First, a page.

Homework should be turned in at the BEGINNING OF CLASS. All problem numbers refer to the course text by Devaney. Unless otherwise indicated, all parts of a problem (a), (b), etc. should be completed. You should write up solutions neatly to all problems, making sure to SHOW ALL YOUR WORK. A nonempty subset will be graded. You are strongly encouraged to work on these problems with other classmates, although the solutions you turn in should be YOUR OWN WORK.

** Note: ** Please list the names of any students or faculty who you worked with
on the assignment.

Answer the following questions, writing in
**COMPLETE SENTENCES.**

**Chapter 1 (pp. 1 - 8) **

Read Chapter 1 of the course text, including the wonderful figures.
(As mentioned in class, research student Trevor O'Brien, HC '05, created
pictures similar to Plates 36-38 in his honors thesis work while Gabe Weaver,
HC '04, found figures similar to Plate 39 while working with me one summer on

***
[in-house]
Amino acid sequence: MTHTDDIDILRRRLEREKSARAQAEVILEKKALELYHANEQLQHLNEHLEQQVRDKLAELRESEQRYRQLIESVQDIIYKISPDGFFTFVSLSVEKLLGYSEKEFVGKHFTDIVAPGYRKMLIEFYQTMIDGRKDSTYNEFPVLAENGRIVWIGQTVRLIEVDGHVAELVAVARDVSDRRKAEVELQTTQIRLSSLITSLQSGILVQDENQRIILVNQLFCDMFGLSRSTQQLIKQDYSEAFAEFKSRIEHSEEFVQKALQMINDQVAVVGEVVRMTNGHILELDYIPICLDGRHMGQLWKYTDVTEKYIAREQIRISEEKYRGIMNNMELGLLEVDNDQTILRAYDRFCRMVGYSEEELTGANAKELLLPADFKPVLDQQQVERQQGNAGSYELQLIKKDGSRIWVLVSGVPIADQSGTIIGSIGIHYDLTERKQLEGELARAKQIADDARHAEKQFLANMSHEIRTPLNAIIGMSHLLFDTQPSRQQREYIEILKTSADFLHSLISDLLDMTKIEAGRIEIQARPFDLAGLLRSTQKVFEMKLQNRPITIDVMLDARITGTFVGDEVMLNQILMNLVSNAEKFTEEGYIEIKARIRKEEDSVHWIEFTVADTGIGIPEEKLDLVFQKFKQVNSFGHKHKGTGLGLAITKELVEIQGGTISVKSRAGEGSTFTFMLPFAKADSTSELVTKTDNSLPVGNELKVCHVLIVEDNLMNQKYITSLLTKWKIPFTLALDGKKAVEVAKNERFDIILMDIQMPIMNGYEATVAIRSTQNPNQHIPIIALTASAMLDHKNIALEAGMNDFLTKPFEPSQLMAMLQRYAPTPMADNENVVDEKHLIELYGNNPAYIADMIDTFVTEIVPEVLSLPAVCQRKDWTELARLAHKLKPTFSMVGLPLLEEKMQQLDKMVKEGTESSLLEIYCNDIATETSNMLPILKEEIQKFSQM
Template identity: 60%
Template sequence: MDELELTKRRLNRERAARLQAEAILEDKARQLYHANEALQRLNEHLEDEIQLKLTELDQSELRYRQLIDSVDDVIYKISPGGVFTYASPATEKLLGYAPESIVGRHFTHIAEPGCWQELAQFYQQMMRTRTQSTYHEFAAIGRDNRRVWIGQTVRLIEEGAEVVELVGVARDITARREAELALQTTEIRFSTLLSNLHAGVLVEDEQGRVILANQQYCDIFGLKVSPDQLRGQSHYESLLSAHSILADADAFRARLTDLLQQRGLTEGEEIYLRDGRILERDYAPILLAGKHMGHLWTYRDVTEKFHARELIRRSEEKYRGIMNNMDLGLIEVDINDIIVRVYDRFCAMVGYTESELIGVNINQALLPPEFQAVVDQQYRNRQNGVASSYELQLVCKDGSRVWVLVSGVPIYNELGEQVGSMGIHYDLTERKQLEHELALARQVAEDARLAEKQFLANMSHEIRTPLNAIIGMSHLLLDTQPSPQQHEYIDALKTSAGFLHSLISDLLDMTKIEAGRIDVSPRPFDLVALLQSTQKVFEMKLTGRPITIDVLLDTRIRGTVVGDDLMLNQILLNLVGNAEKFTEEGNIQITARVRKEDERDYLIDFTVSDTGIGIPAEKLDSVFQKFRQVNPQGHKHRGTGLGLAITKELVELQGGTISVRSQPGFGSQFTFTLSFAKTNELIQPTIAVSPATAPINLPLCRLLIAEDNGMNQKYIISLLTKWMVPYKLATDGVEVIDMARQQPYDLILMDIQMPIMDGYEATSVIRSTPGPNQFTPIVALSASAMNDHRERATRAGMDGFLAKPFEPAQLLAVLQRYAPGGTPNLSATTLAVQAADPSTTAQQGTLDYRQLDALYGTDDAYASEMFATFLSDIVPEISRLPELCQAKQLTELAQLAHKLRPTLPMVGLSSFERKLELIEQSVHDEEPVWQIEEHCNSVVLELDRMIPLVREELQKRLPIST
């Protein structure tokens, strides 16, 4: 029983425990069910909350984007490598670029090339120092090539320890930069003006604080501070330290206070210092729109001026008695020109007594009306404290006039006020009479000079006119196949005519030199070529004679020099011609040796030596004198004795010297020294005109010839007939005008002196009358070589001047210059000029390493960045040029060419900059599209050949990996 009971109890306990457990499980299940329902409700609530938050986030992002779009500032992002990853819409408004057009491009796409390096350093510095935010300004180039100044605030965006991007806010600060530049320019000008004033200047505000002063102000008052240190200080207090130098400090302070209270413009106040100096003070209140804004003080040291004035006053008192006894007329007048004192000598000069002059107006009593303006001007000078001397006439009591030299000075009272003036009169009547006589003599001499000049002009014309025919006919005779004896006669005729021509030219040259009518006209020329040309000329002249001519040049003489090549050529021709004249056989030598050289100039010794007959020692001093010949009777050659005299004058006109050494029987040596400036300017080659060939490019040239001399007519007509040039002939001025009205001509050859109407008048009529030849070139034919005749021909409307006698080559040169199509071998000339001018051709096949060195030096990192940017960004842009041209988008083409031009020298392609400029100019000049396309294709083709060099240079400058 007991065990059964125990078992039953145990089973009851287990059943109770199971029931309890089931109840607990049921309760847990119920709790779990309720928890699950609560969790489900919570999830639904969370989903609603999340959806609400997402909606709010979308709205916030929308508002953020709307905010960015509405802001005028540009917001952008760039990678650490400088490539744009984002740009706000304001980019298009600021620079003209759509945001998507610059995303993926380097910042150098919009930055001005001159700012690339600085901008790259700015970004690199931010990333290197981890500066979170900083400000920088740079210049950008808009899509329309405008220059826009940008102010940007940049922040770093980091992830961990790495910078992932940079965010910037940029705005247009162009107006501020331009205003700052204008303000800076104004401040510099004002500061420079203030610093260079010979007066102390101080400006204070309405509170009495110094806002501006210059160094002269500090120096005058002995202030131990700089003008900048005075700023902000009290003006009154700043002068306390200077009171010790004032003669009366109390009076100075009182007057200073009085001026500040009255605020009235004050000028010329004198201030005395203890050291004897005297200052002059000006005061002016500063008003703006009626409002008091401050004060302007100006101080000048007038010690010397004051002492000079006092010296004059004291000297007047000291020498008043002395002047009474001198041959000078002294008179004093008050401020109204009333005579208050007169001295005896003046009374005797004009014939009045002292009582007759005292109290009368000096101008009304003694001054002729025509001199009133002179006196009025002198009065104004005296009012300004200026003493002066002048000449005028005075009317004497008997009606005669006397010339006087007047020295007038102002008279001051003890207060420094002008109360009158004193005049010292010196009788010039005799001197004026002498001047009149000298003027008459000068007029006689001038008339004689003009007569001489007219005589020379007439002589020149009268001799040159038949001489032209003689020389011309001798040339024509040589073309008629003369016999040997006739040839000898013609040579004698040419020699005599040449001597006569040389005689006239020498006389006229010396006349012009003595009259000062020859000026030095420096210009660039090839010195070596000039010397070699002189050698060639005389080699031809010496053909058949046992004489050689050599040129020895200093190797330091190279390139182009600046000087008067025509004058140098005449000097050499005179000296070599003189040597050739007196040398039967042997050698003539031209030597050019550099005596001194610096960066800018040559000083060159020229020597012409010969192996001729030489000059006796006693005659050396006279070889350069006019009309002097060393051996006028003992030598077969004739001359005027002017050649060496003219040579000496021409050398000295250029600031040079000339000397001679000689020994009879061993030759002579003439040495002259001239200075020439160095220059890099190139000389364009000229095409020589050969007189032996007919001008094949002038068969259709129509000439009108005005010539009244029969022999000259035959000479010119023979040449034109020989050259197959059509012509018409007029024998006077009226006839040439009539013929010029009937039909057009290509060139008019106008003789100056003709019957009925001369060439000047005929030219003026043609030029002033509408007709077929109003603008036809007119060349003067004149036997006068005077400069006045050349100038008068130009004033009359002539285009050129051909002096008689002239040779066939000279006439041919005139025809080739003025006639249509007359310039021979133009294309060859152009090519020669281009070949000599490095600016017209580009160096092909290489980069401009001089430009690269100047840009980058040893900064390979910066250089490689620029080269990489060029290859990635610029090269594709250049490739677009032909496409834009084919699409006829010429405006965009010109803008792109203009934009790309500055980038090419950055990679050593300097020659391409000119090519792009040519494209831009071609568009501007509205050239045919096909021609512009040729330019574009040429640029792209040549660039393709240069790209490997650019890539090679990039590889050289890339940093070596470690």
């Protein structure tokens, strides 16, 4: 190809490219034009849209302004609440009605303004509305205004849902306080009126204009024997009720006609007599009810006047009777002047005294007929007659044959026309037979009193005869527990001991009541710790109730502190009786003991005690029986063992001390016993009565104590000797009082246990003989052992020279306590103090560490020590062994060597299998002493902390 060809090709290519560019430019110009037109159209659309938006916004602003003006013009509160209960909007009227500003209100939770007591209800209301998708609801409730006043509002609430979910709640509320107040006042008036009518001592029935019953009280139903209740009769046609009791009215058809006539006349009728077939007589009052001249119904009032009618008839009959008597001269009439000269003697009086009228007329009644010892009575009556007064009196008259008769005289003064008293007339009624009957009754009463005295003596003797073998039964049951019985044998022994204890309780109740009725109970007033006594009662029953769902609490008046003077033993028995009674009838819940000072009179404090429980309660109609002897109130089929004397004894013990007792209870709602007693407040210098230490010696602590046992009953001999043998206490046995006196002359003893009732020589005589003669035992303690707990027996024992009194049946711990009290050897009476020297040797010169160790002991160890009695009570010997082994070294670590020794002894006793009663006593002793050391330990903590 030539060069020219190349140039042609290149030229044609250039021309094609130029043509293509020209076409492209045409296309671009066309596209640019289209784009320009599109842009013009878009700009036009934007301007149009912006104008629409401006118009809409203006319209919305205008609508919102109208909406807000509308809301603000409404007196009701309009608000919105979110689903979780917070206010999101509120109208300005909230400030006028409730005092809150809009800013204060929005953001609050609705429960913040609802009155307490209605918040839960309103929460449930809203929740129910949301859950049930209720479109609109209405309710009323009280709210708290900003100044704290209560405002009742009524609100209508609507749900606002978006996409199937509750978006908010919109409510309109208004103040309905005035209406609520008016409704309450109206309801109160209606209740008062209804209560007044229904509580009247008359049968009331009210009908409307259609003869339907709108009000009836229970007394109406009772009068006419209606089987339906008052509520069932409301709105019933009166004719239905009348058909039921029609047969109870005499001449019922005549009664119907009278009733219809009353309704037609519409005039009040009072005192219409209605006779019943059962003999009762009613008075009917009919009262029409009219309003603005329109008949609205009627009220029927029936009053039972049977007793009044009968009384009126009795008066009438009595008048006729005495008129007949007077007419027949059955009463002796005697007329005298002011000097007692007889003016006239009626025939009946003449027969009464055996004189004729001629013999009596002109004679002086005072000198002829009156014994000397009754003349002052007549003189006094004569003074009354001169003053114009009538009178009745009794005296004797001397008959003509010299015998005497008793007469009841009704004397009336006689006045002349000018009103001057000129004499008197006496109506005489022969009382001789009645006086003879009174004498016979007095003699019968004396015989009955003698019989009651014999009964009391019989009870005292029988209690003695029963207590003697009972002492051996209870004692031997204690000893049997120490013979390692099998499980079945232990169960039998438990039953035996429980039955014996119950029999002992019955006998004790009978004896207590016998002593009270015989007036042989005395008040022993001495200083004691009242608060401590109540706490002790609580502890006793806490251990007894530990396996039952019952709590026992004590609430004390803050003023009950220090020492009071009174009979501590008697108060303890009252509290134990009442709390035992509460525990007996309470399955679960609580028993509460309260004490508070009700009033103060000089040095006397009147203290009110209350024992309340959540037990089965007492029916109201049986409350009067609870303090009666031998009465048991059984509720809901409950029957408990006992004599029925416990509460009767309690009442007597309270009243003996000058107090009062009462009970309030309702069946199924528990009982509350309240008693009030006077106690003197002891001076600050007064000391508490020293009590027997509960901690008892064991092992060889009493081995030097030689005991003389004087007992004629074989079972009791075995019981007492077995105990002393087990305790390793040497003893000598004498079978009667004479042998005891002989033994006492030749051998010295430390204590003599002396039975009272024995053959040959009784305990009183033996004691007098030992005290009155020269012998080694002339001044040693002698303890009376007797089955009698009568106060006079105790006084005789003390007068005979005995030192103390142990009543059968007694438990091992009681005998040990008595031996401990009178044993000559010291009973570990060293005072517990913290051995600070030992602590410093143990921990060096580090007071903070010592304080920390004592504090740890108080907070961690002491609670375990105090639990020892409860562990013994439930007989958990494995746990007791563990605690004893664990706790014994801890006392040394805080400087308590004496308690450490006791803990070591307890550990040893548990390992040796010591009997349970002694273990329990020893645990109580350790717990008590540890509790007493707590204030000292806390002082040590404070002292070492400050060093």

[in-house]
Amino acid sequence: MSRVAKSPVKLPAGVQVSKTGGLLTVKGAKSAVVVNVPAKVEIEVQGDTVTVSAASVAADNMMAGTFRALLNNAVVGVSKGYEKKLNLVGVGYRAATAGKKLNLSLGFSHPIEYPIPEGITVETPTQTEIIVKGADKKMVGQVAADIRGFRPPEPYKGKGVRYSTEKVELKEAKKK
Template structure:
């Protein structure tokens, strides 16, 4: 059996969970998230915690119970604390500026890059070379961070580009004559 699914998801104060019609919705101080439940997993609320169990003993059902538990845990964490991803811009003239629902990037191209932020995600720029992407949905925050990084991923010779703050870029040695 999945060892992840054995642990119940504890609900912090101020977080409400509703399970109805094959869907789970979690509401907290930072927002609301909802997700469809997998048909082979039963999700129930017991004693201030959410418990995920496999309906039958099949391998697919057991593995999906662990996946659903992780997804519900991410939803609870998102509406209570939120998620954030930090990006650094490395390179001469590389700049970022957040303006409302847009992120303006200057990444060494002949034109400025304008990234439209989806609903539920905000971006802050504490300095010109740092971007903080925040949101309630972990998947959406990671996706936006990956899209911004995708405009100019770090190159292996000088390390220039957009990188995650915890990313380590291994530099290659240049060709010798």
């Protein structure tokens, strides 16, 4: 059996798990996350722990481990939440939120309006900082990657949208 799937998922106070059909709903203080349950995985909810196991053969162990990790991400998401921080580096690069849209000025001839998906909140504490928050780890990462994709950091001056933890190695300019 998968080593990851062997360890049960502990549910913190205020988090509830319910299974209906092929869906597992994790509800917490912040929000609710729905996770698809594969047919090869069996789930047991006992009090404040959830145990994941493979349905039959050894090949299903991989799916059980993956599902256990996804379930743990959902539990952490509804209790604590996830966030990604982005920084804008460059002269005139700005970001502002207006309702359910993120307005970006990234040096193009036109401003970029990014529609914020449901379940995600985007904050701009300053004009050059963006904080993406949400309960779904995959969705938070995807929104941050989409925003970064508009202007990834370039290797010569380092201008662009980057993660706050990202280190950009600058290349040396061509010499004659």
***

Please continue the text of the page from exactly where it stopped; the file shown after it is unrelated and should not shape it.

a HC Fisher grant.)

- In the figures of Julia sets, what do the black points represent? What do the colored points represent?
- When was the Mandelbrot Set first seen and who is it named after?
- According to Devaney, who was the first person to discover "chaos theory"? What problem was he working on and did he actually solve it?
- What role has the computer played in the development of the theory of dynamical systems?

**The Butterfly Effect**

Read the handout *The Butterfly Effect*, the first chapter of
James Gleick's book Chaos.

- Explain what the Butterfly Effect is. Who first discovered it and how?
- Why does the Butterfly Effect make it so difficult to predict the weather?
- What is the technical, mathematical name for the Butterfly Effect? We will see this concept frequently throughout the course.
- The author makes the point that the Butterfly Effect is actually necessary for the Earth's weather system. Explain what he means by this.
- What is another natural phenomenon other than the weather where you might expect to witness the Butterfly Effect?